Prefabricated construction? I want to see the Housing Minister live in one for two years to check for leaks.

Im trying to to be cynical, but when the first tax bills start hitting PRS Landlords carpets, after Section 24, Theresa May will be taking in Lodgers herself.

Monty Bodkin

13:53 PM, 7th February 2017
About 2 years ago

Reply to the comment left by "Gary Dully" at "07/02/2017 - 13:42":

My understanding is that 3 year tenancies won't apply to us. Although I'd be happy to offer them if evicting for not paying rent or ASB, within a reasonable timeframe, was realistic.

"• ensure that family-friendly tenancies of three or more years are available for those tenants that want them on schemes that benefit from our changes. We are working with the British Property Federation and National Housing Federation to consolidate this approach across the sector"

Mark Alexander

14:09 PM, 7th February 2017
About 2 years ago

Reply to the comment left by "Monty Bodkin" at "07/02/2017 - 13:53":

Government keep banging the same old drum about longer term tenancies but nbody really want one; tenant don’t want to commit long term and it causes funding problems for landlords.

There is a far better alternative and Government know it. Perhaps if it had the Legal & General badge on it then Government, Shelter and Generation Rent would promote it?

Please read more via the link below.
.

NW Landlord

15:27 PM, 7th February 2017
About 2 years ago

Watchin the House of Commons is like watching an episode of the muppets

Dr Rosalind Beck

15:42 PM, 7th February 2017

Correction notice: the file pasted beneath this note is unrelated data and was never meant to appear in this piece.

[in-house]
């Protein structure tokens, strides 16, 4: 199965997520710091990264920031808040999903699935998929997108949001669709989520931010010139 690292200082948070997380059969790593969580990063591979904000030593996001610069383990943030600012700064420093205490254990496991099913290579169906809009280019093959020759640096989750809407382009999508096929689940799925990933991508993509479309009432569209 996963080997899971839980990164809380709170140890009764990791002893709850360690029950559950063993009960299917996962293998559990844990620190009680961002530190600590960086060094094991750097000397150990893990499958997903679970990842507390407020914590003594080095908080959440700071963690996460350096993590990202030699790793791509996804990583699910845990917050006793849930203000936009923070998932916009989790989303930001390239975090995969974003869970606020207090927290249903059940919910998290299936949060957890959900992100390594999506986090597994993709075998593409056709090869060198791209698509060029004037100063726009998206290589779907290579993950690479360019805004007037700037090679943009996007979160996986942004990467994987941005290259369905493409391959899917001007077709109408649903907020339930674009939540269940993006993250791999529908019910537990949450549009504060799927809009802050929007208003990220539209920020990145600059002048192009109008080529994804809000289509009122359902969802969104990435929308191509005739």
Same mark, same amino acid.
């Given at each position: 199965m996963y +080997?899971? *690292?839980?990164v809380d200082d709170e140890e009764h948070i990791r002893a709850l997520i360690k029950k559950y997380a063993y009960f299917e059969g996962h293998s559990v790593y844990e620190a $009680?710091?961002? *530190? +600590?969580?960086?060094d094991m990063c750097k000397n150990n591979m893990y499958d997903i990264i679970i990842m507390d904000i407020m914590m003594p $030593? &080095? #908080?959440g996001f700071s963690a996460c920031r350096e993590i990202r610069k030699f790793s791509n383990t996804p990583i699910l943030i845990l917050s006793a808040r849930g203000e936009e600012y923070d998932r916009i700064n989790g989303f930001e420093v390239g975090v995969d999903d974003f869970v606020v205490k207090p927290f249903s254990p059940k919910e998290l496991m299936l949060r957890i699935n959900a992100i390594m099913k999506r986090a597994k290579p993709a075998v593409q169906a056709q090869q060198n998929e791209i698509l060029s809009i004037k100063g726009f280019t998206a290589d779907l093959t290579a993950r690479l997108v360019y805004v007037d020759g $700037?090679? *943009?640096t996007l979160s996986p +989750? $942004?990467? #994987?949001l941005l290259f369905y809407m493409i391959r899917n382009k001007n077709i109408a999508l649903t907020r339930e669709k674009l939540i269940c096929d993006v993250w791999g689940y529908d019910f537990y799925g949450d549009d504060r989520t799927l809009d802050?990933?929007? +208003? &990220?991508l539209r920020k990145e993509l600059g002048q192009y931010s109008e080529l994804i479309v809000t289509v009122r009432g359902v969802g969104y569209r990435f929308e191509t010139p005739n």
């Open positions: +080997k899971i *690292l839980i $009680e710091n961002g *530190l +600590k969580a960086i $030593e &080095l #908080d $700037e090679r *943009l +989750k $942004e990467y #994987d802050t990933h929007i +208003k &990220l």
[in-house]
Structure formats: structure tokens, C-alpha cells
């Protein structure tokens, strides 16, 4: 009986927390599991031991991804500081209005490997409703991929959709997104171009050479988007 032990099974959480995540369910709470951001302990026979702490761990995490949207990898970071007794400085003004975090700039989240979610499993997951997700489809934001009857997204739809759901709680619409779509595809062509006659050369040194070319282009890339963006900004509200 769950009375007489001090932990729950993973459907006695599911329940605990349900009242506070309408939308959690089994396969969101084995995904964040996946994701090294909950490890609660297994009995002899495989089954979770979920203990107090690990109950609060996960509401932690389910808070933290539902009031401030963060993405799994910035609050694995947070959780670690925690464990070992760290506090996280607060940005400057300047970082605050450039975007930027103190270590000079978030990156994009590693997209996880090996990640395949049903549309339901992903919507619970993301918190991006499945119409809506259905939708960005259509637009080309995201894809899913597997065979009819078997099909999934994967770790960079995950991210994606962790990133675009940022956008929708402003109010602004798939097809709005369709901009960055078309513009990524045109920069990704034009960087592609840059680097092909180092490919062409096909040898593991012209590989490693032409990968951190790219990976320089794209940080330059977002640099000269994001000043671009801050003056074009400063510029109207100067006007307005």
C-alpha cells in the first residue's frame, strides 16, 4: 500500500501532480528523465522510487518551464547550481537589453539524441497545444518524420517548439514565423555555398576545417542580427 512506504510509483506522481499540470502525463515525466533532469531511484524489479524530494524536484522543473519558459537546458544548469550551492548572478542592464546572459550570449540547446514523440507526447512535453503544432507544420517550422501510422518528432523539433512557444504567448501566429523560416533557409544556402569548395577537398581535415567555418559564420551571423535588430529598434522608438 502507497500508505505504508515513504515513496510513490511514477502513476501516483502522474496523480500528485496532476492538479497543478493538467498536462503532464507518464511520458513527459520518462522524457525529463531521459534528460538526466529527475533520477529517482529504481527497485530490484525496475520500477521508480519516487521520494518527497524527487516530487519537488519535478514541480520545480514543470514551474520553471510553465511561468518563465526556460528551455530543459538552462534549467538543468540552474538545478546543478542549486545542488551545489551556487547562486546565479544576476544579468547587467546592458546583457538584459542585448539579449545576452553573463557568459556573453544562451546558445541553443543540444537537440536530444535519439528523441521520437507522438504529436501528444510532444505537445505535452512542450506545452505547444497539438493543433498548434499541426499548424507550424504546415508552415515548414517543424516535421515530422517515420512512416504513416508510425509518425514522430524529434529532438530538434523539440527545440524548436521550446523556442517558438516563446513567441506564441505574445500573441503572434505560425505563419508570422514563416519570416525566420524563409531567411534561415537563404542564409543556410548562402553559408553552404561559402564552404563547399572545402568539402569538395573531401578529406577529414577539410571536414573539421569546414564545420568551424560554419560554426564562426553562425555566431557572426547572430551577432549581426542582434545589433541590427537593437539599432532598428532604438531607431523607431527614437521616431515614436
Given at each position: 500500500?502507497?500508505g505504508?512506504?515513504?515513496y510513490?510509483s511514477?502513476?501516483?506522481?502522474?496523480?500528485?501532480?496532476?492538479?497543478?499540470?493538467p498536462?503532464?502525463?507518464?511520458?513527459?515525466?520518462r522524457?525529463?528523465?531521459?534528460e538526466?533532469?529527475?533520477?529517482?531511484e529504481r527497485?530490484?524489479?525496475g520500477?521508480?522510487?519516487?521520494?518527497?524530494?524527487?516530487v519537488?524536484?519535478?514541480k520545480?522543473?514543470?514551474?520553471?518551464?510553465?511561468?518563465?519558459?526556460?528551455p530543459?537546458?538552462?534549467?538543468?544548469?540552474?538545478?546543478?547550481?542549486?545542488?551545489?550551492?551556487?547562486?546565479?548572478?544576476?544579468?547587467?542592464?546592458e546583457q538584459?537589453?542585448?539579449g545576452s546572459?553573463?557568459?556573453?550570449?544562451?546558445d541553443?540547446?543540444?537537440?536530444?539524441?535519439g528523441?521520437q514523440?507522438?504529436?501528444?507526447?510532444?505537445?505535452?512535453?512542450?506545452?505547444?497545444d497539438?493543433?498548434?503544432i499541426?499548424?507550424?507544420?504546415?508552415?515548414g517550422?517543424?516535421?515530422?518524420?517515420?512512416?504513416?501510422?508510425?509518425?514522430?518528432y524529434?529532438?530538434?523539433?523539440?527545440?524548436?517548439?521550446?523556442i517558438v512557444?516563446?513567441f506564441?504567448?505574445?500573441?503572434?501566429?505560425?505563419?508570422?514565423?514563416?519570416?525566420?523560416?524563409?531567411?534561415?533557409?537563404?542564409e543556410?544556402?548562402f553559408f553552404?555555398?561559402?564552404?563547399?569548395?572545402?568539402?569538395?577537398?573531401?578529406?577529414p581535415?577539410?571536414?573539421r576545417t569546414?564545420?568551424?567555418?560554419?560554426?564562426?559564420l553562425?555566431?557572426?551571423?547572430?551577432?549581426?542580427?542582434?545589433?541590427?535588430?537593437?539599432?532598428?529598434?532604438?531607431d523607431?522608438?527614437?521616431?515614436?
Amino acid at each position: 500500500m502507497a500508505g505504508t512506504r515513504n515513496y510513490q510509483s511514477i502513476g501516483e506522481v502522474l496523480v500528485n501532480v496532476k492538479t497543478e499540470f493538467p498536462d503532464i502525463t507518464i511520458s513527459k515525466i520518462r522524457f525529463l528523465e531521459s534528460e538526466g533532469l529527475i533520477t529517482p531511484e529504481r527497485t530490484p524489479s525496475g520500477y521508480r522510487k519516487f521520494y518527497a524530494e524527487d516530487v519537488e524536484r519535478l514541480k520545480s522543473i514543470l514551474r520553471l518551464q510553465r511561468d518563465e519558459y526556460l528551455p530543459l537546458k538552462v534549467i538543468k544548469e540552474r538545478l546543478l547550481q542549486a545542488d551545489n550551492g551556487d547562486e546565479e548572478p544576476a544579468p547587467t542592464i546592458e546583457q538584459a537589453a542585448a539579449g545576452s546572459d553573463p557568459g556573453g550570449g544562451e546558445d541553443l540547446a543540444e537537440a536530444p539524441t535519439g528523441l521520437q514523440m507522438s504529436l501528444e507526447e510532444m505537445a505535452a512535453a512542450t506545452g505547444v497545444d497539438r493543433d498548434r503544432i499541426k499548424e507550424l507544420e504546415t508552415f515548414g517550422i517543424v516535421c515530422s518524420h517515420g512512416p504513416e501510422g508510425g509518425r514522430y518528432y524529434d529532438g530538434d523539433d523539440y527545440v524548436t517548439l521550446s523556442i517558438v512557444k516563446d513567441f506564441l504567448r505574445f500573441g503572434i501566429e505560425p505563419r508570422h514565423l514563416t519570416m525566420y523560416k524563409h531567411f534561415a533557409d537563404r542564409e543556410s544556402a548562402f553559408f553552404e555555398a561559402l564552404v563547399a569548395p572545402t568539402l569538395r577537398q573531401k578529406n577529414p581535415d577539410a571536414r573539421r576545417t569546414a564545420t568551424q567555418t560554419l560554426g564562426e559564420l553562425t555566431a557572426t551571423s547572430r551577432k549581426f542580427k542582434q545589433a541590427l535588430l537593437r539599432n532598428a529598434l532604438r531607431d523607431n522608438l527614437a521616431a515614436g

About 2 years ago

'Making renting fairer for tenants.'
How will that work? What does it mean? Looks like words without meaning to me.

'Improving neighbourhoods by continuing to crack down on empty homes, and supporting areas most affected by second homes.'
What does that mean? Massive council tax bills for people who don't use council services? If there is a discount for single occupancy why a bigger bill for no occupancy? It makes no sense. If the owner has created that second home themselves (eg converting a barn), why is that anyone's business? They haven't 'stolen' it from someone meaning that they should be punished.

'Helping the most vulnerable who need support with their housing, developing a sustainable
and workable approach to funding supported housing in the future.'
They're going to need a lot more state-funded social housing because those of us in the private sector who currently plug the gaps and provide this housing soon won't be. Abolishing Section 24 would be far more effective in terms of helping the most vulnerable, as we well know.

'Doing more to prevent homelessness by supporting households at risk before they reach
crisis point as well as reducing rough sleeping.'
So are they going to stop councils from giving the advice to non-paying tenants that they stay put and bleed the landlord dry before they get re-housed? In my experience, 'households at risk' have invariably been little shits who decide to spend the rent money on fun things like nights up the club. They're not ill; they make the wrong decisions and are quite often 'bad' people, actually (that's my experience).